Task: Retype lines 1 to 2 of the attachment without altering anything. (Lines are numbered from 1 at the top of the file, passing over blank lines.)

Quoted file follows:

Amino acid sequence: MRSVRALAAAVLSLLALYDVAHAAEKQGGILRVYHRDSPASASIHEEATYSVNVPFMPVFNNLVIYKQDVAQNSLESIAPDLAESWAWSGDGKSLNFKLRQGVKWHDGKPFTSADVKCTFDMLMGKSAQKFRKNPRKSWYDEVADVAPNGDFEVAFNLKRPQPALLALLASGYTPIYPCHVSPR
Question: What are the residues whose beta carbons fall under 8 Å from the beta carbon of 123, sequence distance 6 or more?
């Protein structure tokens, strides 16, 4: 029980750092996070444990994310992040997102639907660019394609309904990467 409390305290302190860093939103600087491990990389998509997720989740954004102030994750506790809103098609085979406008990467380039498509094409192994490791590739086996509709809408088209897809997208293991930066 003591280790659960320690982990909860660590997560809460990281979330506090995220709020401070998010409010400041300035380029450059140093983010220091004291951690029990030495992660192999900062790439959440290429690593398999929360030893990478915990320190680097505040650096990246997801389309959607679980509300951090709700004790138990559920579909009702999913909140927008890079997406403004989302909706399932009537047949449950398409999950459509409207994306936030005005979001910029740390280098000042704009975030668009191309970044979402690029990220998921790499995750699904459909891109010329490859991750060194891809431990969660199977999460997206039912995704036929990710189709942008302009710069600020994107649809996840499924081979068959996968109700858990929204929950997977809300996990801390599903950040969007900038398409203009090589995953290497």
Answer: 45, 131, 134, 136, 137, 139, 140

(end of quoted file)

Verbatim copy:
Amino acid sequence: MRSVRALAAAVLSLLALYDVAHAAEKQGGILRVYHRDSPASASIHEEATYSVNVPFMPVFNNLVIYKQDVAQNSLESIAPDLAESWAWSGDGKSLNFKLRQGVKWHDGKPFTSADVKCTFDMLMGKSAQKFRKNPRKSWYDEVADVAPNGDFEVAFNLKRPQPALLALLASGYTPIYPCHVSPR
Question: What are the residues whose beta carbons fall under 8 Å from the beta carbon of 123, sequence distance 6 or more?